Have a great week!




It’s boring but…

January 29, 2016

There are some very exciting subjects to be covered in the field of leadership and management and I love to get lost in these.

Vision, innovation, managing change, empowerment, releasing peoples’ potential, strategy, handling authority, relationship-building – all fantastic and very, very important.

My topic for today may not sound so exciting, but is equally important. Essential I would say.

Managers and Leaders must be organised!

By definition, you are managing and leading people, projects, assignments, resources and activities. You have lots going on. Things can easily get overlooked or forgotten. If there are even the tiniest cracks, important things will find a way of slipping through.

That’s why being organised is such a key foundational skill to have. Be organised. Help your team be organised. It’s the gateway to achievement and effectiveness in every other facet of your work.

That’s why personal productivity is the first step in LMI’s Total Leader process, and developing a system to handle all your day-to-day responsibilities well is covered in depth on our Foundations of Success workshop.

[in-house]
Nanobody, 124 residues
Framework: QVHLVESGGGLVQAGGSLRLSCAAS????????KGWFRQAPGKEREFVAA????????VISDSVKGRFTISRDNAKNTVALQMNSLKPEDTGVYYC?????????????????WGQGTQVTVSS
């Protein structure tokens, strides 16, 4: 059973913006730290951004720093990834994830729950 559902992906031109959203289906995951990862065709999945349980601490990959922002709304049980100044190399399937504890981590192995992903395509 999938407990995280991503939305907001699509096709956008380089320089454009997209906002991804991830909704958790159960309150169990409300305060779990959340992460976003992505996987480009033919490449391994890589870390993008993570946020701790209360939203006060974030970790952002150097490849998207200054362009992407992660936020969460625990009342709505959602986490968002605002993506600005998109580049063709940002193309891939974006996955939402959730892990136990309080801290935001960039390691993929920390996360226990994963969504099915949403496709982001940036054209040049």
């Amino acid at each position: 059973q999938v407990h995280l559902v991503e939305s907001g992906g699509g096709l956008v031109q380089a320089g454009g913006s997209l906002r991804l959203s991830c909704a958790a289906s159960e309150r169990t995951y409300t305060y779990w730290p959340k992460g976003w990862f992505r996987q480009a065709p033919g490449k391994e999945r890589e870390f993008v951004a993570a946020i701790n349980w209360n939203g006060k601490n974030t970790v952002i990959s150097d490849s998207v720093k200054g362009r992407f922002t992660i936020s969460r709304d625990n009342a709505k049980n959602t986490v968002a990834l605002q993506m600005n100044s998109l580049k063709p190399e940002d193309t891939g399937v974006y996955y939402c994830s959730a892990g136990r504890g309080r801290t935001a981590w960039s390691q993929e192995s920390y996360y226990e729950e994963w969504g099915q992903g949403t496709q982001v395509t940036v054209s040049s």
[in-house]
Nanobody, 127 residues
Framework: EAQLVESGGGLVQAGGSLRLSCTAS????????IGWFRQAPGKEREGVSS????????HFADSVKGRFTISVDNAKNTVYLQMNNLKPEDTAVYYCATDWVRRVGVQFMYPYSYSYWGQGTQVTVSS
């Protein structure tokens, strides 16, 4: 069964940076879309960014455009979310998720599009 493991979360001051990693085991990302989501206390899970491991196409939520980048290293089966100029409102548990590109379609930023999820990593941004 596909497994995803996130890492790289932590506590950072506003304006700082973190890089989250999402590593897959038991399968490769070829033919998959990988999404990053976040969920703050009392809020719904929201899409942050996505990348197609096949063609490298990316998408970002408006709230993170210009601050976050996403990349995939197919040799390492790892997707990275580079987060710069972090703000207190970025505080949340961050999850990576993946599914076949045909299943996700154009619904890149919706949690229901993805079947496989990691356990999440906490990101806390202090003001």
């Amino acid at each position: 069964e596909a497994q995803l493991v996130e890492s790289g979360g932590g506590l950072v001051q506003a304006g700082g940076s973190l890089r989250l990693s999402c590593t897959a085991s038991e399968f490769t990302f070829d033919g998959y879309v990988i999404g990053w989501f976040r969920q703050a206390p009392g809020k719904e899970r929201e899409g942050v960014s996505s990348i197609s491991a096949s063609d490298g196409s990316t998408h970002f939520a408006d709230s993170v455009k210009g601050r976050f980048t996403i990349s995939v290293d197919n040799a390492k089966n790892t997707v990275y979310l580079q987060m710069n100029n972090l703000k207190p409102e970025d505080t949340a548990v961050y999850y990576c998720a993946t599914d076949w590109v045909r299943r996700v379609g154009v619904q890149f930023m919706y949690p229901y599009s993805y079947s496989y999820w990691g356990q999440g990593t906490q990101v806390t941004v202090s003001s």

It might sound boring but…


We beat Google!

January 28, 2015

I had an interesting and hugely instructive experience on Monday this week whilst on a trip out with my 7 year old son, Jonar. It’s way too good an illustration not to share with you!

Our mission was to get to a small theatre in Clapham Common by 3pm. Our train arrived at Clapham Junction station at 2:32pm. A quick entry into Google Maps showed that the quickest walking route was going to take us 34 minutes, therefore bringing us to our destination 6 minutes late. Oh no!

Undeterred, Jonar set off briskly up the road. “Dad, we HAVE to beat Google!”

The next 23 minutes turned out to be one of the most fun times I’ve had as a dad. 3 minutes in to our [very swift] walk we had gained a minute. Arrival time down to 3:05. Encouragement duly received my boy is now bouncing along the road with me lagging somewhat behind.

“Let’s get to the bus stop and then check again.”

Sure enough, another minute gained. 3:04. “We’re gonna do it Dad. Let’s try and get it down to 2:59!”

By arrival time we had beaten Google by 9 minutes and it was like we’d just won the lottery, the World Cup, an Oscar and Olympic Gold all in one. What a buzz!

I’ve kept the story brief but it illustrates the point well. When you have a crystal clear goal, with a deadline, and you track your progress towards victory (celebrating every small success along the way), the journey becomes exciting and the rate at which you progress towards the goal is way faster.


If someone had said, “Walk quickly from Clapham Junction to the theatre on Clapham Common and see how long it takes”, it would have, without a doubt, taken us significantly longer. As it was we walked, bounced, skipped and ran our way to our destination, eagerly checking for progress updates at every junction or bus stop!

Many of have goals. Many of us have written those goals down. From my experience, many of those goals remain too vague, with a blurred deadline and no tracking method set up.

Why not choose one important goal and go through the rigor of putting all this in place, just for that one goal…and see how you get on!